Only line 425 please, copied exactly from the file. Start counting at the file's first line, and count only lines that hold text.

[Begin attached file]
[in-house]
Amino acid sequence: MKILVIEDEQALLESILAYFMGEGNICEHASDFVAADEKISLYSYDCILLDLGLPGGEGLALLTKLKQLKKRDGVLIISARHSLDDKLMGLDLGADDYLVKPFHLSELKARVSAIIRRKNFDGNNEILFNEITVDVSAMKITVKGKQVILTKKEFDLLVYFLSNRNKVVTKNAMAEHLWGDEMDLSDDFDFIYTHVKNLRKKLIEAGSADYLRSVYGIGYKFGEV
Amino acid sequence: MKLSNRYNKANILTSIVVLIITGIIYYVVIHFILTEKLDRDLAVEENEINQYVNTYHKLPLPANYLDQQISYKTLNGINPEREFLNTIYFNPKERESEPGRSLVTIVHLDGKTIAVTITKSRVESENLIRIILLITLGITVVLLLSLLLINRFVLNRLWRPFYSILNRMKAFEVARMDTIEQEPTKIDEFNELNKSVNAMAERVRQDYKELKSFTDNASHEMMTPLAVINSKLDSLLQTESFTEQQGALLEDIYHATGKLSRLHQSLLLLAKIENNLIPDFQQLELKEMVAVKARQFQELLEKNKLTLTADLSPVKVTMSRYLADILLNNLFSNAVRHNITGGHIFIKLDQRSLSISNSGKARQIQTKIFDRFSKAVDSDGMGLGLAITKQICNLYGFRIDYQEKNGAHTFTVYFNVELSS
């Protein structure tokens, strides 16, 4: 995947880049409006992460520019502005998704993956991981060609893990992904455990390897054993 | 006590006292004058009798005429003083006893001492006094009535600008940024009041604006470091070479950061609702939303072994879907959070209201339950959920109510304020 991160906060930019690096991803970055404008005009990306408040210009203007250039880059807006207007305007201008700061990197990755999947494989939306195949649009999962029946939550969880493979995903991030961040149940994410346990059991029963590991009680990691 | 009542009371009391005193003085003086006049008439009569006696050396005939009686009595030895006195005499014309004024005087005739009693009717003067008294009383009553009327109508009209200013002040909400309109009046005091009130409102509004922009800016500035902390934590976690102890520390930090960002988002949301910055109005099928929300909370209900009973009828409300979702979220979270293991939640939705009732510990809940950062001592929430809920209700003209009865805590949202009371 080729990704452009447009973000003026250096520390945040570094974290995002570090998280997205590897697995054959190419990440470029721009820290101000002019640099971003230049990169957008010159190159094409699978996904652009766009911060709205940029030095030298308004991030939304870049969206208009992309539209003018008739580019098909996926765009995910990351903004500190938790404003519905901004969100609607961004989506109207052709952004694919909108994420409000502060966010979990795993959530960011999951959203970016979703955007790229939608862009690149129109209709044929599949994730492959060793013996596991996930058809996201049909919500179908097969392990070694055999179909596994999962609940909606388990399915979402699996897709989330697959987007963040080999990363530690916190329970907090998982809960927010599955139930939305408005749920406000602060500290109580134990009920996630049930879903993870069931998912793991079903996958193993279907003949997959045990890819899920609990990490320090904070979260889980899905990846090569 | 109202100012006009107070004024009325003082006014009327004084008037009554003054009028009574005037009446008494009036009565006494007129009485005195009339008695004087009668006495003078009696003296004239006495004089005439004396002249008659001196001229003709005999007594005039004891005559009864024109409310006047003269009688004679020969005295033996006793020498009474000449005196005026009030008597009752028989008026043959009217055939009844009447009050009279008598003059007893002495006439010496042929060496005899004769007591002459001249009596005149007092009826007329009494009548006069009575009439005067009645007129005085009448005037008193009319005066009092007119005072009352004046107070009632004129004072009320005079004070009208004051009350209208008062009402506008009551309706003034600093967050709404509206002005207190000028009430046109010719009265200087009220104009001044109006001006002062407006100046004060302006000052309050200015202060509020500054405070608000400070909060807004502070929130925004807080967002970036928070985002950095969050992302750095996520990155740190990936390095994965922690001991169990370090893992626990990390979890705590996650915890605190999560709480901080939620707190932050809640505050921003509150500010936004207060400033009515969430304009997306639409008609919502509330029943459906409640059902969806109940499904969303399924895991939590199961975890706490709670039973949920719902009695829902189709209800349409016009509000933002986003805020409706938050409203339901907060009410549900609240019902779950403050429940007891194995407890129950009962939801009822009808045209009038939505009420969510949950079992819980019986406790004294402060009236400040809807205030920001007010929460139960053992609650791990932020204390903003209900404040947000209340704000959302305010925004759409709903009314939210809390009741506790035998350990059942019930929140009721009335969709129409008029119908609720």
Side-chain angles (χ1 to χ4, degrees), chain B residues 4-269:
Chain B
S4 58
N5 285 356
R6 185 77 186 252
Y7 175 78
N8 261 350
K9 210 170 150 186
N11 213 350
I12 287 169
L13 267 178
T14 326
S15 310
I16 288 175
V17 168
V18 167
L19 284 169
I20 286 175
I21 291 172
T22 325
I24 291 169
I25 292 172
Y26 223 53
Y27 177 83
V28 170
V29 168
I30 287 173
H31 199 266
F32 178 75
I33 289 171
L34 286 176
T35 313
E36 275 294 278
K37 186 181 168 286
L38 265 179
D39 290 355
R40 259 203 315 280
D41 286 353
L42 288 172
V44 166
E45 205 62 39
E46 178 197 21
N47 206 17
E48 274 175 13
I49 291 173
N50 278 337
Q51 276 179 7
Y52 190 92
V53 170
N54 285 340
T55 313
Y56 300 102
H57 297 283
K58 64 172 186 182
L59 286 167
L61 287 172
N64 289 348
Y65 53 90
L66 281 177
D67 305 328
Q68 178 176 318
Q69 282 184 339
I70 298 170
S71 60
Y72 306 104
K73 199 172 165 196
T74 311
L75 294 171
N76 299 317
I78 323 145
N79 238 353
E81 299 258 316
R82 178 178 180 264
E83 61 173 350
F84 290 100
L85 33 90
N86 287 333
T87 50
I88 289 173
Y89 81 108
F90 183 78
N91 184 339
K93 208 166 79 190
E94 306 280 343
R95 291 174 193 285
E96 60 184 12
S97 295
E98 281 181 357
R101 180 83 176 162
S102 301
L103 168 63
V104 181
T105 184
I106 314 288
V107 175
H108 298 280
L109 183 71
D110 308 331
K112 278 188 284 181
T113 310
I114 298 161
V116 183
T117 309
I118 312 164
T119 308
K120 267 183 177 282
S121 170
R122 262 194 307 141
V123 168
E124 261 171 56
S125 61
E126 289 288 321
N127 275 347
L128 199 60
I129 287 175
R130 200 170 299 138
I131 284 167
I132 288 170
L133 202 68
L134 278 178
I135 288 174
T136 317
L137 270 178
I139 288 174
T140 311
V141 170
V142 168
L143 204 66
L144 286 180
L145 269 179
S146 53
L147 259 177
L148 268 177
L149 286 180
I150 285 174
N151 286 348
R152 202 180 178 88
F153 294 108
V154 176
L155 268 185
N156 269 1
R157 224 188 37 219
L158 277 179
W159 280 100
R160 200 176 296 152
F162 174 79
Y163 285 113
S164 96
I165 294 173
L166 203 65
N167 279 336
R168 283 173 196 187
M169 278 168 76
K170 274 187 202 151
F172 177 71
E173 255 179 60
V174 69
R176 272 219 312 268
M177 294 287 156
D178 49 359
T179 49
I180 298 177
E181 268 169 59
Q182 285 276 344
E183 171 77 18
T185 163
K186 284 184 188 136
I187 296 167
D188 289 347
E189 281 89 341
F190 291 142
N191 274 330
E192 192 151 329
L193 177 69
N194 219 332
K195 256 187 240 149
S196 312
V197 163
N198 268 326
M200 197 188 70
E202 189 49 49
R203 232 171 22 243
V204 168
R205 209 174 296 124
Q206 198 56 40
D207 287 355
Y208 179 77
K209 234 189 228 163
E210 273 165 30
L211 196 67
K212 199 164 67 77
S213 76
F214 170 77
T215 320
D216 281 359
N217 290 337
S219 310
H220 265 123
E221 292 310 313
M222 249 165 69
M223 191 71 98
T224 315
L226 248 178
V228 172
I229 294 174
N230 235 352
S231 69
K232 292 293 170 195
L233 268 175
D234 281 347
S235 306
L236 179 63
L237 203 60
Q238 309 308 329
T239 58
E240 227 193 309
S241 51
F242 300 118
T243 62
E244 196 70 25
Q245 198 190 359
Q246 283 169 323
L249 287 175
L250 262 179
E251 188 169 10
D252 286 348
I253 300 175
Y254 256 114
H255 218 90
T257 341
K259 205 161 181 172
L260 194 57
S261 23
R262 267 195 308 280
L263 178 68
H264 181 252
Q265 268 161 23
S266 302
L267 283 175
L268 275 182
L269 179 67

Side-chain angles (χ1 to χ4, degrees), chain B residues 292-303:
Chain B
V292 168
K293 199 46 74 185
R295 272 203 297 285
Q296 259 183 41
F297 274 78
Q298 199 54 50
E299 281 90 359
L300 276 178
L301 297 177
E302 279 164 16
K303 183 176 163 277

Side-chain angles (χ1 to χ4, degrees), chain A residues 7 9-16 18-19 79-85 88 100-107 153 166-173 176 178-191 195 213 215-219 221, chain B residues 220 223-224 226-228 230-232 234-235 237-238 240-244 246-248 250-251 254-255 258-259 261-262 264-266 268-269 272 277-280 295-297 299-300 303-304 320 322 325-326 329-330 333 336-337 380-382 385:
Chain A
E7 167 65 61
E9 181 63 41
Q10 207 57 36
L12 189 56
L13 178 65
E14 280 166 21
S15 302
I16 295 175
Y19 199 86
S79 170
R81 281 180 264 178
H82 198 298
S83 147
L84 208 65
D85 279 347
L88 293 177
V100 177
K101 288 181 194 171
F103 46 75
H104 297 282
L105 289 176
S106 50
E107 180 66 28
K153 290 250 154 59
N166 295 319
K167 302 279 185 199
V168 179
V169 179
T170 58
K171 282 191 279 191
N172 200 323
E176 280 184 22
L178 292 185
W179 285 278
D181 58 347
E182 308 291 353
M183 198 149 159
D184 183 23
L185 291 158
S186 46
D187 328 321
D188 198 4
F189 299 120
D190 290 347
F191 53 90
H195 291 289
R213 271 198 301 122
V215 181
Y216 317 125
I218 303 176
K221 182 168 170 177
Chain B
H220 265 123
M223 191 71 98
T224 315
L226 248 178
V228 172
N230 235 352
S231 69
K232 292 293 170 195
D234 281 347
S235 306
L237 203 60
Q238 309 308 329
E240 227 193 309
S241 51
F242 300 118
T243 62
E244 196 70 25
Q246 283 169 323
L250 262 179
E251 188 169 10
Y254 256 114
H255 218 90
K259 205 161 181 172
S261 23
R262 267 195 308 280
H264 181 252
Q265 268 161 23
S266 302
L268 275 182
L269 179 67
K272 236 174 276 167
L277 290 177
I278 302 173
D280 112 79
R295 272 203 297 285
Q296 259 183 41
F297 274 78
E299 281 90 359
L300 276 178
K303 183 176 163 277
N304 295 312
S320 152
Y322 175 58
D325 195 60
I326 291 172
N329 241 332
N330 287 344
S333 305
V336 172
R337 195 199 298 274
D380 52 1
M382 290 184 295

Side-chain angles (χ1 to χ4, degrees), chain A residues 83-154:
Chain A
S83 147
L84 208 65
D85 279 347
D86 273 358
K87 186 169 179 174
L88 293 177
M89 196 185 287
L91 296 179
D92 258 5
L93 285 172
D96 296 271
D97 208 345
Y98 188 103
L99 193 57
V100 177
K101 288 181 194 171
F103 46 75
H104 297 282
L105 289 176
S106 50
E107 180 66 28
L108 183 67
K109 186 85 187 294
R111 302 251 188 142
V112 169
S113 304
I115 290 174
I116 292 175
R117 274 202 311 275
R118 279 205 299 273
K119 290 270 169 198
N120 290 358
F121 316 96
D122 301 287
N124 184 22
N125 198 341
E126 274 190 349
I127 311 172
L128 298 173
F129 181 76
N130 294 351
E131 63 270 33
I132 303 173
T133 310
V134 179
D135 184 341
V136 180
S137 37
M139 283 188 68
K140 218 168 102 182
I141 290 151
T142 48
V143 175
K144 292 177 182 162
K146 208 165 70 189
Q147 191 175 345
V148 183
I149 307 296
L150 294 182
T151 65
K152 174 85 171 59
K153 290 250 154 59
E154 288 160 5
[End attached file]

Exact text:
L150 294 182